As the start of the Tour de France looms, here’s an especially relevant, award-winning book. Today, amid a star-studded tour that is accustomed to the presence of teams and riders from around the world, David Coventry’s debut novel offers a look back at a scrappier, more physically demanding race and a pivotal one in making the tour a truly global event.
The Invisible Mile follows the first English-speaking peloton to enter the Tour de France in 1928. The underfinanced and undertrained riders in the Ravat-Wonder team faced one of the toughest routes in the race’s history—5,476 kilometers over unsealed roads through a landscape scarred by the legacy of the Great War. 162 cyclists began the race that year, only 42 finished. (Sorta sounds like the legendary 7/11 team too)
Coventry’s brooding narrative, in varying parts philosophical action-adventure, travelogue, family drama, war chronicle and psychological puzzler, is suffused with the ever-querying perspective of its haunted central character. —New York Times Book Review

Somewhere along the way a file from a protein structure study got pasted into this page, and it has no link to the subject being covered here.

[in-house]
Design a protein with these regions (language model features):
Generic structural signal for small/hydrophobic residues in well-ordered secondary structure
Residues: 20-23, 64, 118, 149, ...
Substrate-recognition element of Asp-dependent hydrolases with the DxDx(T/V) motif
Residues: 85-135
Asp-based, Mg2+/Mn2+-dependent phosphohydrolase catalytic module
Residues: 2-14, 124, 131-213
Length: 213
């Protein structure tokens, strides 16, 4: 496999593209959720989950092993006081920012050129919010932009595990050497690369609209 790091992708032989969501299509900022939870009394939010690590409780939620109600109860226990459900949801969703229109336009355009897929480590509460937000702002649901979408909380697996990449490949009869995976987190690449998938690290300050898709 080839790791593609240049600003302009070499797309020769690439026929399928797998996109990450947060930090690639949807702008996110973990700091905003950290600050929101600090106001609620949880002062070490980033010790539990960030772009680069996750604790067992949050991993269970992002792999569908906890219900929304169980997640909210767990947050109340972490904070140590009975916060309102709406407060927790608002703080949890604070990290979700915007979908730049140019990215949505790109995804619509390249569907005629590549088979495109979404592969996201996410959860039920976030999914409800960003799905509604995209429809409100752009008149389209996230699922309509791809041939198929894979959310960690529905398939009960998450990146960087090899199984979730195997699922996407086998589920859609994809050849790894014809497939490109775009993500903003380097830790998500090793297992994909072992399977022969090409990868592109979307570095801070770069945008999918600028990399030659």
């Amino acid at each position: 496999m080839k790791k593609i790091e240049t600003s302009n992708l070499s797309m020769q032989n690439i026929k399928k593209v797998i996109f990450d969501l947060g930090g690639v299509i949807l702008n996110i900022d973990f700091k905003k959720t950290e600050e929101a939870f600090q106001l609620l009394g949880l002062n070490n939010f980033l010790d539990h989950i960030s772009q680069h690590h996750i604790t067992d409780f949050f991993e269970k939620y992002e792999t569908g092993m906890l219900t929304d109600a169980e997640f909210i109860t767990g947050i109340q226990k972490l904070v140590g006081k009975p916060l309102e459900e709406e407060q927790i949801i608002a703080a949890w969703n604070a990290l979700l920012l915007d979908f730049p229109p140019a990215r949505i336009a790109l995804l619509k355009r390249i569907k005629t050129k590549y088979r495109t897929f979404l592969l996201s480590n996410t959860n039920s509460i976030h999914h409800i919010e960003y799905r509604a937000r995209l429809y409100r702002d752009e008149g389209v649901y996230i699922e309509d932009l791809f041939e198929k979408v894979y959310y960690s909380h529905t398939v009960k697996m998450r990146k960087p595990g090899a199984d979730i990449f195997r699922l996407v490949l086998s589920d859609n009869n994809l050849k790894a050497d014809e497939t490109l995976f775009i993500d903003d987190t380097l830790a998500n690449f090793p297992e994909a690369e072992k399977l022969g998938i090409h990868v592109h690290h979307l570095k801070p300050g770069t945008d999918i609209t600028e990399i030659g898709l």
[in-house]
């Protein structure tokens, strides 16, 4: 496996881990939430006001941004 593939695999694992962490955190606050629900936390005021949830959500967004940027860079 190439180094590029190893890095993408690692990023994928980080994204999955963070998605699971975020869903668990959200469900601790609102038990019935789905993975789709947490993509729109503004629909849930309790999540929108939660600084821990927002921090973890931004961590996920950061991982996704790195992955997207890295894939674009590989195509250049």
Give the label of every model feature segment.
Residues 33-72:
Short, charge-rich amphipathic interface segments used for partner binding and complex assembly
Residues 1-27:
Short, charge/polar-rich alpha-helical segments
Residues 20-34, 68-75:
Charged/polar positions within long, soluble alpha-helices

A deeply introspective and spiritual book, The Invisible Mile is narrated by a fictional rider. He rides on the alternating highs of cocaine and opium, pain, and pleasure, victory, and defeat. And as he nears the northern battlefields and his last, invisible mile, trauma, exertion, and his personal demons take over. The Invisible Mile is the story of one man’s struggle for survival in the face of physical and psychological hardship, a profoundly human story about guilt and redemption.
Get The Invisible Mile from Amazon as an ebook, hard or paperback cover starting at $9.99.
It’s an interesting take on the most famous bike race for sure, see the Good Reads reviews here. And, this is the relevant quote, even for today’s racers
Everyday I crash and I hope its the end.